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Thursday, March 16, 2017

MUNG BEANS WITH WATER CHESTNUTS DESSE

This is actually Lek Tao Suan [Split Mung Bean Sweet Dessert] with a twist by adding water chestnuts. There was another dessert with Dumplings with Split Mung beans which I have shared some time ago.

The preparations are quite simple and done separately in a few steps.
The  soup  is then thickened by using potato starch water and awesome to serve with some crispy fried Chinese cruellers [yu char koay].  The sweetness is acceptable but you may reduce it a little, it still tastes good.

 A point to note is to try get good quality split mung beans.  I got to know that there are different quality ones.  When I last made the mungbean paste for making Angku Kuih, the mungbeans I bought  took much longer time to steam until cooked and yet it wasn’t soft and fluffy as expected after steaming.  For this dessert, I bought the mungbeans from another vendor and they were good because after steaming they were soft, fluffy and light.  The price is the same.
A lovely dessert to serve in the afternoon or after dinner.

Recipe adapted from Yum Yum Magazine No. 95 with modifications
Ingredients
200 gm split mungbeans
10 waterchestnuts – peeled and quartered
2 litres water
200 gm caster sugar
2 pandan leaves – knotted
60 gm potato starch + 100 ml water
1 piece Chinese Cruellers [yu char koay] – cut small pieces

  1. Wash and soak split mungbeans for at least 4 hours or overnight.  Drain well.  Place on steaming tray and steam for 45-60 minutes or until cooked, soft and fluffy.  Set aside.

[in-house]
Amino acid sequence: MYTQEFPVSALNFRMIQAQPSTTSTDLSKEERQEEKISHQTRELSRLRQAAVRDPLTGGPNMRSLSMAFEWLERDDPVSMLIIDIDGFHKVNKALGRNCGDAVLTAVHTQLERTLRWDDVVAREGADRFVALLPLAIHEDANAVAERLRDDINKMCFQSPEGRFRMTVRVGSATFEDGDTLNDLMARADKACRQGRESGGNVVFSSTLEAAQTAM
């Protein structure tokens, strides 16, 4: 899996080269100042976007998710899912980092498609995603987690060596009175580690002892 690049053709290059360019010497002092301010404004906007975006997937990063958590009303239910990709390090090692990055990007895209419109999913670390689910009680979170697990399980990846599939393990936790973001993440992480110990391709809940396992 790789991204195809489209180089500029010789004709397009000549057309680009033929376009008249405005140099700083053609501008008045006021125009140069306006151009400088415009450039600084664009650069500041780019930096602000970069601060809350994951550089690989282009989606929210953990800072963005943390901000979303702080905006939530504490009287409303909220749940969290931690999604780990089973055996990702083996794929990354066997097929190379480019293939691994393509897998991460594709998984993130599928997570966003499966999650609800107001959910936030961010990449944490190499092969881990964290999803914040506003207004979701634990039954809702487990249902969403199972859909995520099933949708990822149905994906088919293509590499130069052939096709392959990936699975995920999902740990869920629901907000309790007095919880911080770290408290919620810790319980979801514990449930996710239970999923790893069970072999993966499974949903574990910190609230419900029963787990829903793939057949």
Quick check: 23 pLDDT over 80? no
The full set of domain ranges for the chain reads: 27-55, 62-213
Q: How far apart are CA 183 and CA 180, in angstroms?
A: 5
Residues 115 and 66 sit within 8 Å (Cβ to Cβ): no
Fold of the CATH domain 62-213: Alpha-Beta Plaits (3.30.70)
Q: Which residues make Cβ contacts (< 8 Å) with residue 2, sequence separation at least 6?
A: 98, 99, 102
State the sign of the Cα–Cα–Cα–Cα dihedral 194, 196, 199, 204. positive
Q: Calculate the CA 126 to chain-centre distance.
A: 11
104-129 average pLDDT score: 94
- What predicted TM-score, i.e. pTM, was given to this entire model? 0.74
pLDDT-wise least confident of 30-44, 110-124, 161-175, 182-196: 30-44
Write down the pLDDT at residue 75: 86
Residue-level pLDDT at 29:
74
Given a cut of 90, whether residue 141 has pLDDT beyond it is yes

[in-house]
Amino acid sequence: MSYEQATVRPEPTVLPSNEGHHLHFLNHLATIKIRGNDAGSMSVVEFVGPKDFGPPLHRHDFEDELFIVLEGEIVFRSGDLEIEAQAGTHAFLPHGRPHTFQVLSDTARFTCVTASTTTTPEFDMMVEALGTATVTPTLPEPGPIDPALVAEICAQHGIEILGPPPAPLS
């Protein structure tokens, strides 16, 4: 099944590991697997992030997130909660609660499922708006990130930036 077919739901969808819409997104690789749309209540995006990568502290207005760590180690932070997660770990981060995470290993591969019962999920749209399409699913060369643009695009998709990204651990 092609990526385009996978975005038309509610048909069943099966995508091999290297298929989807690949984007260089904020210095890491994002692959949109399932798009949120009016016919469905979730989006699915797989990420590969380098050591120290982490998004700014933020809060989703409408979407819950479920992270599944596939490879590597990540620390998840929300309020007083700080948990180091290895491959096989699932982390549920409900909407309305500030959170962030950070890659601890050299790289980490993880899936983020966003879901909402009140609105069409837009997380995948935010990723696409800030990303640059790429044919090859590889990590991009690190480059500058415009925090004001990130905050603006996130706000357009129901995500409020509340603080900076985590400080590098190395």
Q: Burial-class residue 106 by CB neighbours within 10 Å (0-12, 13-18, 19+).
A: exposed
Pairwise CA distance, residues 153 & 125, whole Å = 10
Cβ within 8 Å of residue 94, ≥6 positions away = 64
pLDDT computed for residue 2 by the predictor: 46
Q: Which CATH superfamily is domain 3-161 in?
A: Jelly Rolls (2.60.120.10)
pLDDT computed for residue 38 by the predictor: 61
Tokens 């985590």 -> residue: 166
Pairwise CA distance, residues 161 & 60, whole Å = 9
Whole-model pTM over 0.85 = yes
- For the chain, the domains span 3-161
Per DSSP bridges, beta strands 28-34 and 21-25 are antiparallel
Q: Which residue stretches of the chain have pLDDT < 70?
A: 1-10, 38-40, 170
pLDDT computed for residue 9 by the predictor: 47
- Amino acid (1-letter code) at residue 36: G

2. Bring water and pandan leaves to boil in a pot or slow cooker [high heat], add in waterchestnuts and then sweeten with sugar.
  3. Gradually pour in potato starch water, stirring continously until thick.  Add in steamed split mung beans and mix well.Scoop into serving bowls and top with cruellers to serve.

 Cookbook Countdown

This post is linked to Cookbook Countdown Event #15   hosted by  Joyce and Emily of Kitchen Flavours and Emily's Cooking [Makan2] Forays

4 comments:

Aunty Young(安迪漾) said...

Your lek tau sung looks really interesting! I've never tried a dessert eaten with water chestnuts and yoo char kuey before. Thank you for sharing.

Kimmy said...

Hi Aunty Young, I like this dessert especially when the mungbeans are good. Love the crunchy waterchestnuts. Planning to cook this again.

kitchen flavours said...

I have never had yau char kwai in a sweet dessert before! This is the perfect weekend sweet dessert to enjoy with the family!

Kimmy said...

Hi Joyce, my hubby loves this dessert without the yau char kwai but the rest in the family wants to enjoy it with the Chinese crullers. The dessert soup is very clear and nice once cooked but over heating makes its look a little different.

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